Potential terrain controls on soil color, texture contrast and grain-size deposition for the original catena landscape in Uganda

David J. Brown, Murray K. Clayton, Kevin McSweeney

Research output: Contribution to journalArticlepeer-review


Inspired by the catena concept, we returned to the landscape of origin for this idea in central Uganda and applied quantitative soil-landscape-modeling techniques to the study of soil formation. In particular, we employed Generalized Least Squares (GLS) regression to identify potential terrain (and other) controls on surface texture with the goal of explaining texture contrast formation for well-drained red soils, and fluvial deposition for yellow-gray lowland soils. Well-drained red soils and poorly drained yellow-gray soils were identified using a high-resolution spectroradiometer and soil redness was highly correlated with a measure of elevation above the valley floor. For the yellow-gray soils, sand content and sand grain size increased with greater slope gradient and in converging areas - evidence supporting fluvial control of surface soil composition. For red soils, texture contrast increased on lower backslopes, decreased over ferricrete-rich parent material, and had no significant association with either infiltration- or runoff-influenced locations. Surprisingly, texture contrast was also reduced or even inverted on fine scale convexities (<18 m in diameter). These findings were consistent with the following theoretical processes: (1) sand deposition on lower-backslopes, increasing texture contrast; (2) ferricrete weathering at the soil surface, reducing texture contrast; and (3) texture contrast inversion through termite turbation. A number of techniques proved useful in this study: (a) the use of GLS regression supported the interpretation of model coefficients in an explicitly spatial context; (b) thin-plate splines provided a flexible means of controlling the spatial scale of terrain index computation; and (c) the development of a new downslope-looking Elevation Above Stream (EASy) terrain index provided a powerful tool for the identification of poorly drained soils - a tool that could have applications in a variety of landscapes and environments. Overall, we found that the catena concept as a soil-terrain-modeling approach worked best on lower, less well-drained, depositional landscape components. For the well-drained portion of this landscape, there was little evidence to suggest that soil formation was controlled by hillslope hydrology as proposed by the catena concept. The catena concept interpreted in a broad sense challenges pedologists to explicitly link soil geographic patterns with specific soil forming processes and environmental controls - an approach that proved valuable in this study.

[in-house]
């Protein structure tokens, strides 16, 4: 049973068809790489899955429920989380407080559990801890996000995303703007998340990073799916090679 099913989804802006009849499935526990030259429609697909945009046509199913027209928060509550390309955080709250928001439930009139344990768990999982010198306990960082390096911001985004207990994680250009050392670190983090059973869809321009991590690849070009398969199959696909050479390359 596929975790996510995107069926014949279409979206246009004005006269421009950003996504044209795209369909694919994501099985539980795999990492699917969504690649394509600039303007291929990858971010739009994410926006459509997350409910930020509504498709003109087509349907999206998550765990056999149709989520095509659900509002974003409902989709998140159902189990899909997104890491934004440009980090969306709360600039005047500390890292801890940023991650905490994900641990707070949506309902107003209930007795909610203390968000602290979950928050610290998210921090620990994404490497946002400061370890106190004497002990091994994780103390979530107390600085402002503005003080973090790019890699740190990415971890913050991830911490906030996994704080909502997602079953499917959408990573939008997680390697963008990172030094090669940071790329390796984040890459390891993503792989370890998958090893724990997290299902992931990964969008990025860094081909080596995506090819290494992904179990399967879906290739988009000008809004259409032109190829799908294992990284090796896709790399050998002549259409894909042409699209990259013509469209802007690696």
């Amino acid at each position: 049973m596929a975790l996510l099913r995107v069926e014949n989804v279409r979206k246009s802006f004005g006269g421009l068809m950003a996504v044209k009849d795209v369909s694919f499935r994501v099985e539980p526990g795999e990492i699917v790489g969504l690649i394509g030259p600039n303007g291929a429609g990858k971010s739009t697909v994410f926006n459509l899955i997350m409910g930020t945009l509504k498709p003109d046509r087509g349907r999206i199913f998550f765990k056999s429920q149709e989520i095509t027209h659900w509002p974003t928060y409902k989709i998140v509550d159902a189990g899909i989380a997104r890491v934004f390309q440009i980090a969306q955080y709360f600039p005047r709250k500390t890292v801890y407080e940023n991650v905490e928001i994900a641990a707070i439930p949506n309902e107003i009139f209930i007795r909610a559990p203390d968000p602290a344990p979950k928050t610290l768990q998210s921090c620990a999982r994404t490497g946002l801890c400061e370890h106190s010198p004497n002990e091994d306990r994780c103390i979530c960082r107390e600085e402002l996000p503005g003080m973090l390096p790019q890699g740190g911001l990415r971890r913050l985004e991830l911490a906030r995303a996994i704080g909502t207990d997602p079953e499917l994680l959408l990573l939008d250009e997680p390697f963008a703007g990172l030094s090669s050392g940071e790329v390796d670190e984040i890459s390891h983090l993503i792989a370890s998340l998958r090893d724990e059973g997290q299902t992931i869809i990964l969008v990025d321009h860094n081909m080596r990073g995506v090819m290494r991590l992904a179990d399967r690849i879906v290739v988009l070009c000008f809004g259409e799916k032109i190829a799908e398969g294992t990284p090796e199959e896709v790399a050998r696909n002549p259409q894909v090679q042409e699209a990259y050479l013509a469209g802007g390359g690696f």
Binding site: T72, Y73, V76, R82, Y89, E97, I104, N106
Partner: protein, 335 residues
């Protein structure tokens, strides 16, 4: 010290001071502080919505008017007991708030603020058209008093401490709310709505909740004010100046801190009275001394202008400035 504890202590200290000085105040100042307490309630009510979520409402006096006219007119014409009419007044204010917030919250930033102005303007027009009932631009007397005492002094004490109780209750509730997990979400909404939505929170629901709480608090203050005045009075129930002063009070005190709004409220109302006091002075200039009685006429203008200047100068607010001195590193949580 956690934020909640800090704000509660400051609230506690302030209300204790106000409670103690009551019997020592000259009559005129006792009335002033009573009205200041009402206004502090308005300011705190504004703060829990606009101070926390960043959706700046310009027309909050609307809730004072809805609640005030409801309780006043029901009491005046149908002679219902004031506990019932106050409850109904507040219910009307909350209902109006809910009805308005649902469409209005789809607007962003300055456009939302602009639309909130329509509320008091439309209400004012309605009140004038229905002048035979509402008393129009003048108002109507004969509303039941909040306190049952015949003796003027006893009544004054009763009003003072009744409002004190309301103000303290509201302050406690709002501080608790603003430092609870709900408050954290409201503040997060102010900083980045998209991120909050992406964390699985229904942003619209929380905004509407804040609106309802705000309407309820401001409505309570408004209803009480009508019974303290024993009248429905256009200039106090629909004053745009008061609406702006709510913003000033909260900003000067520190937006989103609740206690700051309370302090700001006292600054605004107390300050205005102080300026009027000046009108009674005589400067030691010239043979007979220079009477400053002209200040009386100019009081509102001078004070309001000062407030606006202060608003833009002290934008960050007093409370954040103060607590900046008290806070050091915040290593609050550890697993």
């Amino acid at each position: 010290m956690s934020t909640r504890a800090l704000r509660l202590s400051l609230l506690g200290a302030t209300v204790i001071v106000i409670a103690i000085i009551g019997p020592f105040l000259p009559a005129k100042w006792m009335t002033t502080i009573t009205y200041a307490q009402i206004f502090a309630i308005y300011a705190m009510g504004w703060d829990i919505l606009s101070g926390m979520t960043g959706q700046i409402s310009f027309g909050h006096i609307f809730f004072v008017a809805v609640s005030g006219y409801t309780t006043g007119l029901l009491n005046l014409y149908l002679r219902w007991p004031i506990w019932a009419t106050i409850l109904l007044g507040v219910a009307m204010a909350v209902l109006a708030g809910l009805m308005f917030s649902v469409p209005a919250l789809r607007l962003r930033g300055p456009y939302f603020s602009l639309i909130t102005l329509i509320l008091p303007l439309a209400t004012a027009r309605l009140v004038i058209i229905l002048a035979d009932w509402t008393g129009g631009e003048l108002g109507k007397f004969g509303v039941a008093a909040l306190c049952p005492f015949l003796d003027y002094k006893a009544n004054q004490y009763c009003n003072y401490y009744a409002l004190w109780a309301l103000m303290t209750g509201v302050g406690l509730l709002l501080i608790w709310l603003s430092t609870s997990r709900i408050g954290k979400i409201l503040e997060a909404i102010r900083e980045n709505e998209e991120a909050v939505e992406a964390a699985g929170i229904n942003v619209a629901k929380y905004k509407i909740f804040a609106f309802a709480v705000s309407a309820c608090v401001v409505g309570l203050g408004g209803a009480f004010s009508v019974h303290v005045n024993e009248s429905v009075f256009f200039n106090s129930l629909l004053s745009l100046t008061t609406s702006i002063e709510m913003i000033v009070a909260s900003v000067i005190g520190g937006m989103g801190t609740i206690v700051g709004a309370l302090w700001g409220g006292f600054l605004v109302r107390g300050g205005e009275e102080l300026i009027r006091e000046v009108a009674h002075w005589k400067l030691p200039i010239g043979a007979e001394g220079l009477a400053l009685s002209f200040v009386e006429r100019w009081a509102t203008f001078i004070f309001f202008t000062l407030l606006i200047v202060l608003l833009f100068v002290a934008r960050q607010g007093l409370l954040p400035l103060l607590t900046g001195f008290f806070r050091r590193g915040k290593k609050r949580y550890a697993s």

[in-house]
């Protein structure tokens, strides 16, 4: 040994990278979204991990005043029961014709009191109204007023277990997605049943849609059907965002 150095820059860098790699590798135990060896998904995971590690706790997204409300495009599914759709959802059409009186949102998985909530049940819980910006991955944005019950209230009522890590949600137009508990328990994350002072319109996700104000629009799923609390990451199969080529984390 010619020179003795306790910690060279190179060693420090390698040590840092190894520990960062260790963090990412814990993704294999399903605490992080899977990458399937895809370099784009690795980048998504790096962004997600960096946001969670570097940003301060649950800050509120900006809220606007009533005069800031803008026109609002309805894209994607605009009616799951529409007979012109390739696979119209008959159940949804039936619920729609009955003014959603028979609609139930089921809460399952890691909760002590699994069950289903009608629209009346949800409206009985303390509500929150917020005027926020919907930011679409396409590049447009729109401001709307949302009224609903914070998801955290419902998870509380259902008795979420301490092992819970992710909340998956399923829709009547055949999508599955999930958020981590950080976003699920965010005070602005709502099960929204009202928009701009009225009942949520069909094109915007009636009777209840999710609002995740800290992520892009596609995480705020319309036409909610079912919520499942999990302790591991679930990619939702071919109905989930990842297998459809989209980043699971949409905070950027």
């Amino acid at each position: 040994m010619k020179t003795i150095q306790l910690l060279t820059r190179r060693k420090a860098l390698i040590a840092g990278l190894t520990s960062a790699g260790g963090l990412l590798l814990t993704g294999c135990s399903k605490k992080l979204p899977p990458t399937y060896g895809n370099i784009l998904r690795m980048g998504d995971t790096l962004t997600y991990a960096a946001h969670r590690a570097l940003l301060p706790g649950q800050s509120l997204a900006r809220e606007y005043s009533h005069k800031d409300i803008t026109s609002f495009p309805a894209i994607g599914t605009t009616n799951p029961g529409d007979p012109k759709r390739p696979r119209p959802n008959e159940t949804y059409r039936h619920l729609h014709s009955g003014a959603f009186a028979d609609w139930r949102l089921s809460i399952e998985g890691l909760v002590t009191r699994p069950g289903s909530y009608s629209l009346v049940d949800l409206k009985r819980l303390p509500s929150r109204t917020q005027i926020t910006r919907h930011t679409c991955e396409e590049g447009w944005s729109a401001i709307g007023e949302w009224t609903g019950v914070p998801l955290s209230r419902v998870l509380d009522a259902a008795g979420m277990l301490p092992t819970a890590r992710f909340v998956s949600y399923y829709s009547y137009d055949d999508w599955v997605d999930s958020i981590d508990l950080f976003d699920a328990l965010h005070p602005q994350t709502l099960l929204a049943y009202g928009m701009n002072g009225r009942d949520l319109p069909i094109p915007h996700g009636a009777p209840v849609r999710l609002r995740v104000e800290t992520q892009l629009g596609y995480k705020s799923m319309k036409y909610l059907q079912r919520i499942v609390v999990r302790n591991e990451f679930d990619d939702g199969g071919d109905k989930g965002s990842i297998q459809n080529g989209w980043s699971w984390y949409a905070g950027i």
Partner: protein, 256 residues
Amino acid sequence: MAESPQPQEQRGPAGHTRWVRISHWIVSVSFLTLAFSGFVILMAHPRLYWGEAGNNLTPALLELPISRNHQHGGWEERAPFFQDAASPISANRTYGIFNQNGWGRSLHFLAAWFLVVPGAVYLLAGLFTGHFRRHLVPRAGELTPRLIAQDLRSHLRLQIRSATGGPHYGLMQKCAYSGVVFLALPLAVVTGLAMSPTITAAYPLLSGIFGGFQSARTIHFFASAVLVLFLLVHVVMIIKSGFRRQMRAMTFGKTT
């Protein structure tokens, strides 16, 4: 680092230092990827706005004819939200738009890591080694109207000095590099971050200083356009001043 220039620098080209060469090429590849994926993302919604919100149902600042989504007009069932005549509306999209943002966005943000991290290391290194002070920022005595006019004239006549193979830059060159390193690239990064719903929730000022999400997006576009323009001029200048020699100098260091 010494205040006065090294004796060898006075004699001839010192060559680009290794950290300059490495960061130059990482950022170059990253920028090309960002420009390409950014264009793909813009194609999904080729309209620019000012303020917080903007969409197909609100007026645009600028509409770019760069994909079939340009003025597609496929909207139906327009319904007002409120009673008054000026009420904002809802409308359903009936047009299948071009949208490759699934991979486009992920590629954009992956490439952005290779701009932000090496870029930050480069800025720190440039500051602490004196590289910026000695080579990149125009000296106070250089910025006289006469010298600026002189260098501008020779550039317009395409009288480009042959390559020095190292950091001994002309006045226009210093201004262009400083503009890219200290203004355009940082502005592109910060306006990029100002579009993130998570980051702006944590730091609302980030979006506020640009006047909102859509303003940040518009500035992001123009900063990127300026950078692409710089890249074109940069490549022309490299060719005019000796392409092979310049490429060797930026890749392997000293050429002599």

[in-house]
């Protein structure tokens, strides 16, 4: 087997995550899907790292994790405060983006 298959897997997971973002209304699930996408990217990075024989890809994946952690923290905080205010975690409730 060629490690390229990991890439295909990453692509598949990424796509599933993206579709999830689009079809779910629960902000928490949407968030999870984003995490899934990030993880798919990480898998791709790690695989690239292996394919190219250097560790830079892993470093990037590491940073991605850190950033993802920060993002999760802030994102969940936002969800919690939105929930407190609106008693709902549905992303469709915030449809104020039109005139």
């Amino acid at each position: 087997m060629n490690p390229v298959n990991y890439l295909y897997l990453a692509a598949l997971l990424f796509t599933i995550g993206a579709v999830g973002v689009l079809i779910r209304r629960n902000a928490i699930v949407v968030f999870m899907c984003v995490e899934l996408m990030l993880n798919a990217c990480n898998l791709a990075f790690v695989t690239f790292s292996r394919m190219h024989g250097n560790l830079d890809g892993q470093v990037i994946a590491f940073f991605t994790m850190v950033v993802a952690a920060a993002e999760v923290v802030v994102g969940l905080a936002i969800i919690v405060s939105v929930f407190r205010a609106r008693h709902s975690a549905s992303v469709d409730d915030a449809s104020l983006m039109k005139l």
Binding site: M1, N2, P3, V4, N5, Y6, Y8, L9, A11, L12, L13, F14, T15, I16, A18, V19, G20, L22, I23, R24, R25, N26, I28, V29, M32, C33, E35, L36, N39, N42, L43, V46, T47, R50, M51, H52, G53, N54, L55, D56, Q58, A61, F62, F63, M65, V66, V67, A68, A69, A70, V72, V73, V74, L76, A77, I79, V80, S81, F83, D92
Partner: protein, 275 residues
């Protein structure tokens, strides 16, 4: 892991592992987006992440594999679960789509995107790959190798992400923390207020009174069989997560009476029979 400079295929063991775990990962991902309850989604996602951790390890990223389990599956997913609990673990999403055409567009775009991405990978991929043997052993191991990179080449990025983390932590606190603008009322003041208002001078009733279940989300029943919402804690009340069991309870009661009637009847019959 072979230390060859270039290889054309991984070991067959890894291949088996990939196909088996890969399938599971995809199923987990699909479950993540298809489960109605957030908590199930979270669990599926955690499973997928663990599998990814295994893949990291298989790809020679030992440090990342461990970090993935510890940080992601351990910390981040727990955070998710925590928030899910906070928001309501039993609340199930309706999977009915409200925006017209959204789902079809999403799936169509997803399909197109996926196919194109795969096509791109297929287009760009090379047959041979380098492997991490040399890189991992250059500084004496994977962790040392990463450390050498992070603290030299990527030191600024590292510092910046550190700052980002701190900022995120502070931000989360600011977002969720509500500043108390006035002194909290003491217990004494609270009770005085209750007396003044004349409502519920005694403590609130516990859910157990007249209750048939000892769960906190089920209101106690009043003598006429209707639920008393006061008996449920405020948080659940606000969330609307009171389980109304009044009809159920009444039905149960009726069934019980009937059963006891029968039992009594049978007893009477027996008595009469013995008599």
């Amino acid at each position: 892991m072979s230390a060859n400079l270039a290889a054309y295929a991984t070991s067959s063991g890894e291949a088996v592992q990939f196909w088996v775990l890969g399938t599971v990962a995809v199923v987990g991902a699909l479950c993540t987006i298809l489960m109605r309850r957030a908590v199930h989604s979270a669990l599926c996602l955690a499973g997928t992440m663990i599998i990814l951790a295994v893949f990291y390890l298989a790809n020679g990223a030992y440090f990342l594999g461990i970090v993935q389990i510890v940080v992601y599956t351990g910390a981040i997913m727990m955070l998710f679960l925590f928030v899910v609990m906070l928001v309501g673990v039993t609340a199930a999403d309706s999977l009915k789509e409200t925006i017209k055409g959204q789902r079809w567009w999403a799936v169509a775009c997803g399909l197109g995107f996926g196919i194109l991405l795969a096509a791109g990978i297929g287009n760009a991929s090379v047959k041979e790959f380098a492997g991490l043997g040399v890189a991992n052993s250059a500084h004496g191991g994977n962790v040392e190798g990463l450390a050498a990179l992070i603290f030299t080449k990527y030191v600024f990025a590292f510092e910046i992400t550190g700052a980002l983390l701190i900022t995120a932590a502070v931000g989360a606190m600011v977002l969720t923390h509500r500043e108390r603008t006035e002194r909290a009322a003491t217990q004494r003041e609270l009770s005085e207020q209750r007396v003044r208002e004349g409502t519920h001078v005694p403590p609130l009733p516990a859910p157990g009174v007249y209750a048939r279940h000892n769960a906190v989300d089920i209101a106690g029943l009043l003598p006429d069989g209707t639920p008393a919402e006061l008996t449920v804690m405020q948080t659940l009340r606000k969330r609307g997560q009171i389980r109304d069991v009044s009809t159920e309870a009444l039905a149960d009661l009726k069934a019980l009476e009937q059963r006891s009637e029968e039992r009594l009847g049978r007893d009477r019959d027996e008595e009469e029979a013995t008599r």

Original languageEnglish (US)
Pages (from-to)51-72
Number of pages22
Issue number1
StatePublished - Sep 2004
Externally publishedYes


  • Dambo
  • Digital terrain modeling
  • GLS regression
  • Soil-landscape modeling
  • Spatial statistics
  • Texture contrast

ASJC Scopus subject areas

  • Soil Science

Fingerprint Dive into the research topics of 'Potential terrain controls on soil color, texture contrast and grain-size deposition for the original catena landscape in Uganda'. Together they form a unique fingerprint.

Cite this